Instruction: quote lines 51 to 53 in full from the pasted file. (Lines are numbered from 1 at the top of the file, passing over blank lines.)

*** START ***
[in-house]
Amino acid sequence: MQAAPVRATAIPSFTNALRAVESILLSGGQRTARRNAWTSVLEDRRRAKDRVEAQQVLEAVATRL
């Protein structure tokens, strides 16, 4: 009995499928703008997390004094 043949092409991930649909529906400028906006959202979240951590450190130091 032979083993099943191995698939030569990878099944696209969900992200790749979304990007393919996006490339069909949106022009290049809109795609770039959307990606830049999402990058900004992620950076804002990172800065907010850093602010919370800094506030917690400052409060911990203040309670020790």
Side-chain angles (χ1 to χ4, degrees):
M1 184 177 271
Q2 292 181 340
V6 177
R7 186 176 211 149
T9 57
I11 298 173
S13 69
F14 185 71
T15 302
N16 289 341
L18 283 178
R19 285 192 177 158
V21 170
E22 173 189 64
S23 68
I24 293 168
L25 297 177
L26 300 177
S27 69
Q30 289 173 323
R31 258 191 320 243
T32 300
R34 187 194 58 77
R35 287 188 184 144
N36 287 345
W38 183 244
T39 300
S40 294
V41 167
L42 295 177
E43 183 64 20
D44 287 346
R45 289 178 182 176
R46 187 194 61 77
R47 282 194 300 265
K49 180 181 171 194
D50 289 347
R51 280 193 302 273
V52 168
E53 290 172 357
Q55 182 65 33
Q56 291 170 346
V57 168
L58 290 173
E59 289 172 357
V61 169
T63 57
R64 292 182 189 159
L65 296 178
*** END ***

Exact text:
T63 57
R64 292 182 189 159
L65 296 178